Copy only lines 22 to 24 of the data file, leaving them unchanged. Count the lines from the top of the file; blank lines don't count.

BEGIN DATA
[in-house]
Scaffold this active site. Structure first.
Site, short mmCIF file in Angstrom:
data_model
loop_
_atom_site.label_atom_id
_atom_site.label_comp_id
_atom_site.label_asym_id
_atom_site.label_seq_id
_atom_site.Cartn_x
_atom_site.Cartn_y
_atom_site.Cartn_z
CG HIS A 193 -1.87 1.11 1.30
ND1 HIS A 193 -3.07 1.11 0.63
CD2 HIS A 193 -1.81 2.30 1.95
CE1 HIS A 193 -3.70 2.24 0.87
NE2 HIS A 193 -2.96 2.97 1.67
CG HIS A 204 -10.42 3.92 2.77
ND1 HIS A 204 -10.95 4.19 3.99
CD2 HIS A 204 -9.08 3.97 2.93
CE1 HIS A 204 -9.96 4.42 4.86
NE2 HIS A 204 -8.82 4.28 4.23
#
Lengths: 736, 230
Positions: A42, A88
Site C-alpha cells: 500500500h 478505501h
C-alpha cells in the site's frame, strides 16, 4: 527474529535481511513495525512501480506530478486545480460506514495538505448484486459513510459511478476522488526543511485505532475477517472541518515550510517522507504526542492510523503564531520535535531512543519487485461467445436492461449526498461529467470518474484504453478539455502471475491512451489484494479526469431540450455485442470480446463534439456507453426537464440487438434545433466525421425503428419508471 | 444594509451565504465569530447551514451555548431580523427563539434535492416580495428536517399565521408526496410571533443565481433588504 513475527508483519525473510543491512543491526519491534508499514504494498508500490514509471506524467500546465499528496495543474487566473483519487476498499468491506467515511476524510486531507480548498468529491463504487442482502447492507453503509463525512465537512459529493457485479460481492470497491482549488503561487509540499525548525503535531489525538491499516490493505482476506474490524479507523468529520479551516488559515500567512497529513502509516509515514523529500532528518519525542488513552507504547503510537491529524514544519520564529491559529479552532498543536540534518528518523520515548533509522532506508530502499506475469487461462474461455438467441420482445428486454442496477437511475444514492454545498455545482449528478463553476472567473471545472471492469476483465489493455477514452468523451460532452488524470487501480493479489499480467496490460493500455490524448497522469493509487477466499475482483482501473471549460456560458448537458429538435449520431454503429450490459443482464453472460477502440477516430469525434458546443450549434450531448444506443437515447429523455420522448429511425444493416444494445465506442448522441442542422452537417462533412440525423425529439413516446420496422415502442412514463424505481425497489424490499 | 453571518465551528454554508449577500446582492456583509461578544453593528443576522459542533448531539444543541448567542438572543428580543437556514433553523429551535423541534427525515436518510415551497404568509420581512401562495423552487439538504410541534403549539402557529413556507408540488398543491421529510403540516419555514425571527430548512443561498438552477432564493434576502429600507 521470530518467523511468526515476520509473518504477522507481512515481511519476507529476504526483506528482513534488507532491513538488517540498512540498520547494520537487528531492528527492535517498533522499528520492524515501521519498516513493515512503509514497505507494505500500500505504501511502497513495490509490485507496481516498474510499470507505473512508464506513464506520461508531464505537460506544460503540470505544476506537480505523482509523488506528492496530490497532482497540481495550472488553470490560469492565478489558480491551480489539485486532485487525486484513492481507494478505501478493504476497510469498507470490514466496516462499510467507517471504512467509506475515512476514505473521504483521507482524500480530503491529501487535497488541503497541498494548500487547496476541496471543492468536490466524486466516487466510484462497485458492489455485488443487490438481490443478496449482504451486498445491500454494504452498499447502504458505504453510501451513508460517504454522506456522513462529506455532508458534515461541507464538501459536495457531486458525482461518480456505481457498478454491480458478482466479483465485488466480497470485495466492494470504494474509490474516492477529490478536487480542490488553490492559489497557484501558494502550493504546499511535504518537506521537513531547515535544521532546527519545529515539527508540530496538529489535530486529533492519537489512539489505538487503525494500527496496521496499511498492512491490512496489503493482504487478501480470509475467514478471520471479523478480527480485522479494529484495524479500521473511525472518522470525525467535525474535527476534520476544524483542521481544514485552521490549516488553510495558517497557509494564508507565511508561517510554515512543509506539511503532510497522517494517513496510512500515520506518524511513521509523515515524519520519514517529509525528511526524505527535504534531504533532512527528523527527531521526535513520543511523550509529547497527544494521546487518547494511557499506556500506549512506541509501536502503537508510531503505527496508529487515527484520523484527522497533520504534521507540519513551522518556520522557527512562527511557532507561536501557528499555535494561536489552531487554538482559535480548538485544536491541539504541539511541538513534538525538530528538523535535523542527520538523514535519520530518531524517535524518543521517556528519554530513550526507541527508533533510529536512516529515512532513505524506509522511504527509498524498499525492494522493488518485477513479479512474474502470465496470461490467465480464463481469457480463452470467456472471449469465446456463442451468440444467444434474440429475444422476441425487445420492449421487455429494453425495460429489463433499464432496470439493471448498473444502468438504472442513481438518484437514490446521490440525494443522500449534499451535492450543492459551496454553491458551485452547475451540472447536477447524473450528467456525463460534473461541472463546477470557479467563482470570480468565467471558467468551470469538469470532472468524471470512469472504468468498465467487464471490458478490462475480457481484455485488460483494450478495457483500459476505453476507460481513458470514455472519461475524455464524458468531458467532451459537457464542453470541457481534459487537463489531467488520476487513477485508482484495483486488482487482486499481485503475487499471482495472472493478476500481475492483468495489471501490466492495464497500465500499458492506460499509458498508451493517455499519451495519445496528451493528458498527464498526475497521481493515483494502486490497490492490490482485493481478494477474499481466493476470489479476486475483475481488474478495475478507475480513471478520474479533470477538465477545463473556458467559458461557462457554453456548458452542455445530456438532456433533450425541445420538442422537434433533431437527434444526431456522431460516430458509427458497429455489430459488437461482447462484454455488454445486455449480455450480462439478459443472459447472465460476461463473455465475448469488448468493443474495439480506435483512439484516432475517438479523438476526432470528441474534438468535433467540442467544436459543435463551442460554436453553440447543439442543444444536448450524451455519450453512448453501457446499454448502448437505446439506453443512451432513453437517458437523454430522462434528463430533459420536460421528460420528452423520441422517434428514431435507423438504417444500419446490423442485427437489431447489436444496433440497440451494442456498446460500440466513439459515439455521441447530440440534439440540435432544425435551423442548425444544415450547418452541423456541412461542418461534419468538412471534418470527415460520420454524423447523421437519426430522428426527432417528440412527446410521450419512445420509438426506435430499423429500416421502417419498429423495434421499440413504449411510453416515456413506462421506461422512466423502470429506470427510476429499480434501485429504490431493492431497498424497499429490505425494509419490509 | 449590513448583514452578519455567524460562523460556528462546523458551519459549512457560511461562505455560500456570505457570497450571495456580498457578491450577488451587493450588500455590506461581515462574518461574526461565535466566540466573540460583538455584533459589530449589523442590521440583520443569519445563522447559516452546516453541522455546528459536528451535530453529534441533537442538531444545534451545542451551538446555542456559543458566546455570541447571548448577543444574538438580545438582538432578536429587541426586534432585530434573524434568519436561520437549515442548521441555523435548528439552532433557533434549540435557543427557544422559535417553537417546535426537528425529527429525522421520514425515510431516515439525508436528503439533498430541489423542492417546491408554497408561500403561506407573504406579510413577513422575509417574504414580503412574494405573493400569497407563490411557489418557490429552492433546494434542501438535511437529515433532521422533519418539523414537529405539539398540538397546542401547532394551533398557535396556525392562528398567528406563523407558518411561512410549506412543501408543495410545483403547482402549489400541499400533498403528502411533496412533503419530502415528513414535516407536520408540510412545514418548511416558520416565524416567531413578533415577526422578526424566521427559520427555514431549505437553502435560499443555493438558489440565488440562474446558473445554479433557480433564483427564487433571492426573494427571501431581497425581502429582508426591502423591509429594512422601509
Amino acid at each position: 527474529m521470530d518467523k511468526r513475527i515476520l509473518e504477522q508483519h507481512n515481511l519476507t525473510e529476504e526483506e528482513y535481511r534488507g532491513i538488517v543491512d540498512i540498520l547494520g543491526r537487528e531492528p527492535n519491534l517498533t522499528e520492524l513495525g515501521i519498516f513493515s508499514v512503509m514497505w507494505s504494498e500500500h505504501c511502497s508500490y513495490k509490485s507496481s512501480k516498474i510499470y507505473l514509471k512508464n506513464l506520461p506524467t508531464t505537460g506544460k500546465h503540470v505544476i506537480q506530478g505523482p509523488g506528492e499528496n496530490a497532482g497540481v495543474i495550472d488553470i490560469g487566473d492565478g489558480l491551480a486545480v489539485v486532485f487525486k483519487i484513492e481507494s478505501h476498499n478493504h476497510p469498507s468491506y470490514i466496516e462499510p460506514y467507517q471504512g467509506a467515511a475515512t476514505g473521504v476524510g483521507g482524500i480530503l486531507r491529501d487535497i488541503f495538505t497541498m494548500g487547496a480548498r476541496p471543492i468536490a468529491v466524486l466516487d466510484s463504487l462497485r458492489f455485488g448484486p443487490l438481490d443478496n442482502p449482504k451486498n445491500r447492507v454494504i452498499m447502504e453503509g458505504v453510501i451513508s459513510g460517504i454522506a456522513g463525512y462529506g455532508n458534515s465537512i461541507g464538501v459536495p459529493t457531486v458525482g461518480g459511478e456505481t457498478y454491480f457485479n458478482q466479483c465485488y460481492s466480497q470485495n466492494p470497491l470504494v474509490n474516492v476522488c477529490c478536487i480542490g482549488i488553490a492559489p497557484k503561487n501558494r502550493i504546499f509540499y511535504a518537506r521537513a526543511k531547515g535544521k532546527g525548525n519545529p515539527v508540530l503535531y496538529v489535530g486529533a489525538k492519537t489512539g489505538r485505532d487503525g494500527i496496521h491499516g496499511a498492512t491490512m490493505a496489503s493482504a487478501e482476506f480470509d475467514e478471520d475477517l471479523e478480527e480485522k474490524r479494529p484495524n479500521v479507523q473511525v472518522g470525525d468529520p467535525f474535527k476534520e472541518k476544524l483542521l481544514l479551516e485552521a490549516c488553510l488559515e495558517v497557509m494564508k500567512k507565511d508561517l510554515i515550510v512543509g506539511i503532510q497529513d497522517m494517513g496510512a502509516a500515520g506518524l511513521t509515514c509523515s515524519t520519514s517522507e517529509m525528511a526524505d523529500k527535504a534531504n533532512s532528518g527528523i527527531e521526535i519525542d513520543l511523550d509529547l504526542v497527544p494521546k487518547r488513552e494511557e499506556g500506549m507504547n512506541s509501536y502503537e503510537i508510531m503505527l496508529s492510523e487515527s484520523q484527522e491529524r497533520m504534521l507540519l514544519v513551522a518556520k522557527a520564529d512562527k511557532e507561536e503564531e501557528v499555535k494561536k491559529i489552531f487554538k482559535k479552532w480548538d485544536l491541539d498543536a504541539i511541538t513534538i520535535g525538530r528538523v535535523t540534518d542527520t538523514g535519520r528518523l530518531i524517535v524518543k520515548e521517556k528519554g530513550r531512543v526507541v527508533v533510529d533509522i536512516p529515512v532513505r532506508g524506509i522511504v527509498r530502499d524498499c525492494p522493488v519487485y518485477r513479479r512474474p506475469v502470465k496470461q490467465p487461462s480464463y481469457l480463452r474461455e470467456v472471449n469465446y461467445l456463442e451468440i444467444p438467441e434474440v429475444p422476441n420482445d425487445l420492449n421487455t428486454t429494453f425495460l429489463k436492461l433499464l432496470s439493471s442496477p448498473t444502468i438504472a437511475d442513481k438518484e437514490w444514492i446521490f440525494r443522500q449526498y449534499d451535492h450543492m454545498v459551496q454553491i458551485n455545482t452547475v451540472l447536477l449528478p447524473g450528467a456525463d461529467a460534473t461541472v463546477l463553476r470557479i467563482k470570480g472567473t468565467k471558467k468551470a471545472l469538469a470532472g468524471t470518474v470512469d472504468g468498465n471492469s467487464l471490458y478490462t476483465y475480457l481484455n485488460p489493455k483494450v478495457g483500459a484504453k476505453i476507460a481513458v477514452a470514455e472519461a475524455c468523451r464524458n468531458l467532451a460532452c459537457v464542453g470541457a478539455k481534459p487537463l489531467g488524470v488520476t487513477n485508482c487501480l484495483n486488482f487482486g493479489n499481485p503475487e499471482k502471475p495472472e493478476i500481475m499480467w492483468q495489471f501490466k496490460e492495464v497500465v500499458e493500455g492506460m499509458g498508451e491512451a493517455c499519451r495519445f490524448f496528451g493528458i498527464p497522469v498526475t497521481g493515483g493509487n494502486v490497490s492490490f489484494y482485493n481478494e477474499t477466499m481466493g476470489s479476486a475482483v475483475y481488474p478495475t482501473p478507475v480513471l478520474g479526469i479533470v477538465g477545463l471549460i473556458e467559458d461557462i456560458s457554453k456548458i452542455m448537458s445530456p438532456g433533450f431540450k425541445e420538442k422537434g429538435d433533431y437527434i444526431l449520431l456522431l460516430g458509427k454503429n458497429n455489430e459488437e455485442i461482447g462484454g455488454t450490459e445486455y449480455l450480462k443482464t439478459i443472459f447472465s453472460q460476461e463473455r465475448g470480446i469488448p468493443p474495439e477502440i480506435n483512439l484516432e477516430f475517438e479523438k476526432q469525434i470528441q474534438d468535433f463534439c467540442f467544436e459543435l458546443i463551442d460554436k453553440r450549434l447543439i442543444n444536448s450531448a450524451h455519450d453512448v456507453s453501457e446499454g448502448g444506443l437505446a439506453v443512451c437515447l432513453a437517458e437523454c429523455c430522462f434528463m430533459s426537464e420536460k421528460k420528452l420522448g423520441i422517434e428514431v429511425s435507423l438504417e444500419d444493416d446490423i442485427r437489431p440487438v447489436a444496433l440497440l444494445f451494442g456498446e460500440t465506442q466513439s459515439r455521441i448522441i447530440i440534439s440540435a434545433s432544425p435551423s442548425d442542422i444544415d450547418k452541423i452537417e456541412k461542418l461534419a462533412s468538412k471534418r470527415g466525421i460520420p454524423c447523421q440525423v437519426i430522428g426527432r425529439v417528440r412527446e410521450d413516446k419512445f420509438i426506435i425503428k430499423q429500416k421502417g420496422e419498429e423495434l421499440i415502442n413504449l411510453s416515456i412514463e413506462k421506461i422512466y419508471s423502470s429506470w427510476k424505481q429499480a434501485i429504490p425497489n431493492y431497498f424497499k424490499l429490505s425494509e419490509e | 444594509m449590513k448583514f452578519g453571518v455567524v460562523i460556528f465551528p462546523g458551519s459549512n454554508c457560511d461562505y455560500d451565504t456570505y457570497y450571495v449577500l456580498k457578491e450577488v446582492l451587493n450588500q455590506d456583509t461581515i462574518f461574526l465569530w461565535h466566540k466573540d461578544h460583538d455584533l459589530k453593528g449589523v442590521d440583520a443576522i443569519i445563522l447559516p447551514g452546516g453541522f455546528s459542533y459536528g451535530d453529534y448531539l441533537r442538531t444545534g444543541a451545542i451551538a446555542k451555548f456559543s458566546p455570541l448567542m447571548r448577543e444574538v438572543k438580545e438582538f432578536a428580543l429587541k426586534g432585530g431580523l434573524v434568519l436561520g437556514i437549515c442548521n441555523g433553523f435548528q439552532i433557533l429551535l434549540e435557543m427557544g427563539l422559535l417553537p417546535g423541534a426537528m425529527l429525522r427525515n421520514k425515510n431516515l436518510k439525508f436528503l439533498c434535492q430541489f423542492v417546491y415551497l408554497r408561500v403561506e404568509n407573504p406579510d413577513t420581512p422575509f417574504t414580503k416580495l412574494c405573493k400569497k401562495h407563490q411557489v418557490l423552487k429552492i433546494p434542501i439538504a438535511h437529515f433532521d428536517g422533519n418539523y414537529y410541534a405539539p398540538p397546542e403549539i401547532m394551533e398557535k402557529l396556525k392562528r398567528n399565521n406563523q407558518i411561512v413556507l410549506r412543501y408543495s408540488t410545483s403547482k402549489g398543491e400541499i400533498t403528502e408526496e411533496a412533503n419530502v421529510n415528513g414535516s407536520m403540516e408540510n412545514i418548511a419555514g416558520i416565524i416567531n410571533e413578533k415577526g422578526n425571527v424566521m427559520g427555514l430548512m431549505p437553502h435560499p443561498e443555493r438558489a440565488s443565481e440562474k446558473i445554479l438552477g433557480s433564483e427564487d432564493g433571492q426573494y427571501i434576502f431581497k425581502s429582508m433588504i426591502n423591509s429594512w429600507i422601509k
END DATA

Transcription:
NE2 HIS A 204 -8.82 4.28 4.23
#
Lengths: 736, 230